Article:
All this took place while Parliament was sitting in Alice Springs, an exercise much touted by the Government as giving the town an opportunity of being informed first-hand.
The proposal in the 1990 report is for a wall with gates which would regulate the flow of the river to keep it within its banks.
Holding back the flow would flood an area upstream of the wall for a limited period – possibly a few hours.
That area floods in any case during a major flow.
The proposal does not include a permanent lake to which sacred site custodians have objected. This led to a 20 year moratorium on the project, running until 2012, imposed by the Federal Government.
The Territory Government, through its Power and Water authority, commissioned the “Alice Springs Flood Mitigation Dam Environmental Impact Statement” from Guttridge Haskins & Davey and the document is dated October 1990.
It says in part:- “The Junction Waterhole dam site, some 9 km upstream of the town, has now been investigated in detail, and has proved to be as effective as the previously proposed Telegraph Station dam in the mitigation of flooding for the town.
“There appear to be no other dam sites on the Todd River as cost effective as these for flood mitigation.
“The proposed Junction Waterhole Dam clearly meets the objective of protecting the town from floods of 1% (100 year) magnitude and also mitigates the peaks of all floods, including the probable maximum flood (PMF), the largest flood considered possible.
“The proposed dam more than doubles flood warning times to the bank full level, provides greatly increased safety to people camping in the river bed, and virtually halves flood peaks.
“The central area of Alice Springs is flood prone. Approximately one quarter of the town, including the central business district, is on land below the 1% (100 year) probability flood level.
“Loss of lives and substantial property damage have occurred from floods in recent years. The potential for much larger floods exists.
“Basically, it is the 400 square kilometer catchment of the river above the town, comprising mostly steep rugged rocky terrain with sparse cover, which causes the large flash floods to occur with only one hour of accurate warning.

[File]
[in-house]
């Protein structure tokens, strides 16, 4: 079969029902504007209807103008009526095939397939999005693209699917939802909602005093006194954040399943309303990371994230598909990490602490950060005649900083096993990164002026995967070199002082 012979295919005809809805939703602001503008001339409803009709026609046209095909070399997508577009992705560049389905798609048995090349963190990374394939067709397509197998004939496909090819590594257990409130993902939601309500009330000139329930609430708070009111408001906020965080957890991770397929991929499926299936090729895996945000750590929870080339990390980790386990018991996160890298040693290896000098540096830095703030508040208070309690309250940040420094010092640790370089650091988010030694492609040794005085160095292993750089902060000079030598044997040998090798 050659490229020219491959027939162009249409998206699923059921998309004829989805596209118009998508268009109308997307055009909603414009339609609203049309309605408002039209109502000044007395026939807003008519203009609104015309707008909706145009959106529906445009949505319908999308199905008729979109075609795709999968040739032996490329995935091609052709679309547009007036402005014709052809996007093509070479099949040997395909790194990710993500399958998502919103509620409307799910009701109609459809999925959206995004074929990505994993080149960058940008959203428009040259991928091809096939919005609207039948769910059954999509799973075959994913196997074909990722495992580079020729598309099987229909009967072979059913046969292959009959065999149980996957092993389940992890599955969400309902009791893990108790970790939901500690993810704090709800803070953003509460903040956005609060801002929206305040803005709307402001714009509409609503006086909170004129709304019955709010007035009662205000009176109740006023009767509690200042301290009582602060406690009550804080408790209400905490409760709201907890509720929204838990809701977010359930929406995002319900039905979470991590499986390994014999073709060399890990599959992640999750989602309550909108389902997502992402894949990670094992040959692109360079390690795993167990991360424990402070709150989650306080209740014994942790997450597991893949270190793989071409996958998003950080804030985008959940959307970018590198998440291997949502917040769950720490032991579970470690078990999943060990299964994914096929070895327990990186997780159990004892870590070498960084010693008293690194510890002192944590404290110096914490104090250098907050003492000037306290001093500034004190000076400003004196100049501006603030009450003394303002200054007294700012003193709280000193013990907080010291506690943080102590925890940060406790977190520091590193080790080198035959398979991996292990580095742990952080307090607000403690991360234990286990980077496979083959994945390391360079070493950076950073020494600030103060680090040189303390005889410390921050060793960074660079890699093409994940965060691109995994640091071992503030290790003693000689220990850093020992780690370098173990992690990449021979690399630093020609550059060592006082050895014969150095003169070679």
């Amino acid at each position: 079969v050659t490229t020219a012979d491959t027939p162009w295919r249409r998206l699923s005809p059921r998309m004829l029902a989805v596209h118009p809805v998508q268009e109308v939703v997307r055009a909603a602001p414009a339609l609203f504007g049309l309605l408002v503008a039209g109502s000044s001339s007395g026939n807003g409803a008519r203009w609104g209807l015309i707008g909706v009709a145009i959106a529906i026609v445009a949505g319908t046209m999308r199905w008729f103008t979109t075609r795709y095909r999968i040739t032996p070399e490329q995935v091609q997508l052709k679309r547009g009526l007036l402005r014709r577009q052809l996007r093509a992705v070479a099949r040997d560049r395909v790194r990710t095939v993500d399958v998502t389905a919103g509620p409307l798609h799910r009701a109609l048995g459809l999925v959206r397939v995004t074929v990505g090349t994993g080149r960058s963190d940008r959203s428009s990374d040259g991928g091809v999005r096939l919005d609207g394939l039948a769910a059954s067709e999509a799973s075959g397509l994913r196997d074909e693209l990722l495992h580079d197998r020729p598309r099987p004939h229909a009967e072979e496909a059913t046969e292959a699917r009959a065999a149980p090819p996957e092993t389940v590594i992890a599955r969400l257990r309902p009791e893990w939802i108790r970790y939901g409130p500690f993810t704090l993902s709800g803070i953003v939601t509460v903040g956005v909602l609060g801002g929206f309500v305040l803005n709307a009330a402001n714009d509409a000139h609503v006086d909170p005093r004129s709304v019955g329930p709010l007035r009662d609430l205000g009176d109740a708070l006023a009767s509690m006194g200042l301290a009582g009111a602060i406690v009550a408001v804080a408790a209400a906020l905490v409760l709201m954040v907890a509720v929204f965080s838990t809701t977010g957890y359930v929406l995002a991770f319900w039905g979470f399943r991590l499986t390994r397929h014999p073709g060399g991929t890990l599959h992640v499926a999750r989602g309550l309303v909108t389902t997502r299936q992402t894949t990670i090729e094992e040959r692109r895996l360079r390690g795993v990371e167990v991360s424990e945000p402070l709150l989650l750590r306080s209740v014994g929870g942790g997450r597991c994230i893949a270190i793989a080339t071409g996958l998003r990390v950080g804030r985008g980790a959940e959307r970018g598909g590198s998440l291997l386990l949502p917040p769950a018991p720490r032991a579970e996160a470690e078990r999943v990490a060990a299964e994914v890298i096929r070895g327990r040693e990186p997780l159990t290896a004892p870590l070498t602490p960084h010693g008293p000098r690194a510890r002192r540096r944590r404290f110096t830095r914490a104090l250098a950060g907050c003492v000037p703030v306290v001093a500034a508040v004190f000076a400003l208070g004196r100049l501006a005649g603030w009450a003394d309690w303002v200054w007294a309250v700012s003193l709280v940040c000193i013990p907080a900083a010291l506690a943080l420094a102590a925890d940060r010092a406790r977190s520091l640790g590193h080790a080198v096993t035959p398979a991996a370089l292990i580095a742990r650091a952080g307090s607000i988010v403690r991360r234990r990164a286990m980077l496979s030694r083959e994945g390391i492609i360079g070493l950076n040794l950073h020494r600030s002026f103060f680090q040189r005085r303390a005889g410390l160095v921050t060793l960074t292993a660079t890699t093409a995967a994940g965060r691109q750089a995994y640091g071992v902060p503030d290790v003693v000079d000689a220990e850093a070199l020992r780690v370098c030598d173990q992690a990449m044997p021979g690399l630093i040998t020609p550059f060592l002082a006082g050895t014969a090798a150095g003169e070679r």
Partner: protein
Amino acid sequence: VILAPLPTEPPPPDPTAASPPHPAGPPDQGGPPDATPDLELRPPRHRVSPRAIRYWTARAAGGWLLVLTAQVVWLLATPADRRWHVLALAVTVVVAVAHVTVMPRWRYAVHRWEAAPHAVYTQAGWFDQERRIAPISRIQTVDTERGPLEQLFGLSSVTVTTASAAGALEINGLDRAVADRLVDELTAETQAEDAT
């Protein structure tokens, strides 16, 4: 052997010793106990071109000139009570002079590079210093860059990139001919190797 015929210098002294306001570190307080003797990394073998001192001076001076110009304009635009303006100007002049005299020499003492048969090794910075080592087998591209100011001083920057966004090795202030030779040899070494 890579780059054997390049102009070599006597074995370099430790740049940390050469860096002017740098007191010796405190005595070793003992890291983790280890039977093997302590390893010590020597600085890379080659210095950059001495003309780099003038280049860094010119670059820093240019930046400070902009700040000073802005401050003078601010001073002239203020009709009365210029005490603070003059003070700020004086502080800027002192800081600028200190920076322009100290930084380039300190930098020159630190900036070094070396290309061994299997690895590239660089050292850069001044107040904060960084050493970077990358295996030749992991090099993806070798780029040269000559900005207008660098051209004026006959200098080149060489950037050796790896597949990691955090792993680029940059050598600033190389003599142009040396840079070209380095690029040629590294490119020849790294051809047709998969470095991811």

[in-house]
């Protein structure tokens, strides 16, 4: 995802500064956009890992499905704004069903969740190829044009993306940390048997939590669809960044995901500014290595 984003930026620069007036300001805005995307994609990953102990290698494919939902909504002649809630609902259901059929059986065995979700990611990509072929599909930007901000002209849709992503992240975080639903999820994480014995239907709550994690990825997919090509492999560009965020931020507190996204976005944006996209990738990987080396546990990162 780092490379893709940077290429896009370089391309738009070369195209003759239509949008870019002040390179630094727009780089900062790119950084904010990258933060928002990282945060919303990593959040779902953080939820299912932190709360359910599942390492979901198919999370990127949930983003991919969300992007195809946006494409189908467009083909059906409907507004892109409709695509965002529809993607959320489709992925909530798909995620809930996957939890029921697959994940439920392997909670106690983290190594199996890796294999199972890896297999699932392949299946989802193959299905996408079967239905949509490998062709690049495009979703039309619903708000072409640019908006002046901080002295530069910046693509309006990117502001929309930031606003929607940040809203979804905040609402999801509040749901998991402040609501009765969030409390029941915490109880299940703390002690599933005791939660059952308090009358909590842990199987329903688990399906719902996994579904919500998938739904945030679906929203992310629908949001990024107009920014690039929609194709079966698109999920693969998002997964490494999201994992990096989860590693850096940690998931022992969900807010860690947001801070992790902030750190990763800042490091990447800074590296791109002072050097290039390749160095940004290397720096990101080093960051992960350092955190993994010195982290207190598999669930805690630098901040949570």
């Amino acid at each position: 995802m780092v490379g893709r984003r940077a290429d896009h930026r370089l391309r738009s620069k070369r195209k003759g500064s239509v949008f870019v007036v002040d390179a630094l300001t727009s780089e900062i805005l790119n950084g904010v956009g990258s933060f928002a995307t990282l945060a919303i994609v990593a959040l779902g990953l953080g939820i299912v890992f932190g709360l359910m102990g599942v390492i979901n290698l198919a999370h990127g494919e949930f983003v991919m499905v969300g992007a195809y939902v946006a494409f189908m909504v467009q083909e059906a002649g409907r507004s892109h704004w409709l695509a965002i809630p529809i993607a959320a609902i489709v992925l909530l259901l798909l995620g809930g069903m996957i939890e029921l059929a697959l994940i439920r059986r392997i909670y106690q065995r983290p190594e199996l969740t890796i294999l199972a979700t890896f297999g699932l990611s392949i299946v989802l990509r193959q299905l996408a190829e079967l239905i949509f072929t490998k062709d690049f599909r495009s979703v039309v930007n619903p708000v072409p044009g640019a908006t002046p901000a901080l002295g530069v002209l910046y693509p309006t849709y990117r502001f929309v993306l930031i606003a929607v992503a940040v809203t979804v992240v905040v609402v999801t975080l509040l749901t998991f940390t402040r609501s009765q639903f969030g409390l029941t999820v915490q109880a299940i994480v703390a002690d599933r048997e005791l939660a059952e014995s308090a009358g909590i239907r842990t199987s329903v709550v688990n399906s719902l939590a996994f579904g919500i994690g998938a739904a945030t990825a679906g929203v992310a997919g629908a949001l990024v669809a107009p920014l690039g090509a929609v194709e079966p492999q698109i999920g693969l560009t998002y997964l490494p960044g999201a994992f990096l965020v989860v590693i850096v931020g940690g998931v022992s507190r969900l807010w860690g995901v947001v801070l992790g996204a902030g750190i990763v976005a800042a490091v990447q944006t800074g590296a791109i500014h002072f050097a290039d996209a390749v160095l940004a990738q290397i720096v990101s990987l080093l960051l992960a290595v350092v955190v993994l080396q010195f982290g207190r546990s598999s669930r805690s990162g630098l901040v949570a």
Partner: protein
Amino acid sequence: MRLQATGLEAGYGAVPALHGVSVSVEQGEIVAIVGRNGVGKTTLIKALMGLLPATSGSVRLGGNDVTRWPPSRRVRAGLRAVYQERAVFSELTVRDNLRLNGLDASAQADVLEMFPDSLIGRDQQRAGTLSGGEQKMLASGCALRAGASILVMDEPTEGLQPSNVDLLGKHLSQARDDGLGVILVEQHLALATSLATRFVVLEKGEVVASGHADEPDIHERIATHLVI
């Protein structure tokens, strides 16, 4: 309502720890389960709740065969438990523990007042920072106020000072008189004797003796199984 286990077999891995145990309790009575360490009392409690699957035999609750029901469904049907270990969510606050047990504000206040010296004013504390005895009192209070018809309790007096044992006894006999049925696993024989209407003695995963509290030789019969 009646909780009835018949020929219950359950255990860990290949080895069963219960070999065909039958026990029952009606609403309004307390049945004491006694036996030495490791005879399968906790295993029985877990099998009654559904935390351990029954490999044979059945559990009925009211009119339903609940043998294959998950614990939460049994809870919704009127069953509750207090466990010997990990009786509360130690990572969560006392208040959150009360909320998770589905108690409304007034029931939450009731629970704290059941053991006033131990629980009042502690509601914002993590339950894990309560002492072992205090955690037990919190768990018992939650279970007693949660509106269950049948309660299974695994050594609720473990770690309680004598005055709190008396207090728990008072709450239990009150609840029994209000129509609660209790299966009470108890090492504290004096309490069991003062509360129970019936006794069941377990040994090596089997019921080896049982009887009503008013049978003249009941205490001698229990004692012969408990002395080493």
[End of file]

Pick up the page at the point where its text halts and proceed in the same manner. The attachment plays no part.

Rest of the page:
“If the floods happen late at night, it is almost impossible to alert residents of the danger in the short time available.
“A purpose-designed flood mitigation dam has proved to be the most effective flood reduction measure because it acts to hold back flood peaks behind the dam wall, and then releases the flow at a controlled lower rate. The flood peak is not only reduced, but the time for the river to rise to the top of its banks and overflow is delayed substantially.”

Court clears way for $100m camp housing. By KIERAN FINNANE.

The application by town camp resident Barbara Shaw and others, challenging the “procedural fairness” of the Minister for Indigenous Affairs in giving notice to compulsorily acquire the town camp leases, has been dismissed.
As the Alice News reported in its online edition last week, Justice Mansfield of the Federal Court handed down his judgment last Thursday morning by video conference.
The judgment also goes to the ability of the town camp housing associations and Aboriginal corporations to enter into subleases with the Commonwealth.
Justice Mansfield has found that they can, so there is nothing now to stand in the way of the planned $100m improvement to town camp infrastructure and housing.
The Minister for Indigenous Affairs, Jenny Macklin, issued a joint media release with Lingiari MHR Warren Snowdon, Chief Minister Paul Henderson and Minister for Central Australia Karl Hampton, expressing pleasure over the decision.
The media release said the injunctions preventing the so-called Alice Springs Transformation Plan from proceeding will be lifted from 10am today (December 3).
The plan provides for construction of 85 new houses, essential infrastructure and significant rebuilds and refurbishments of existing houses in poor condition.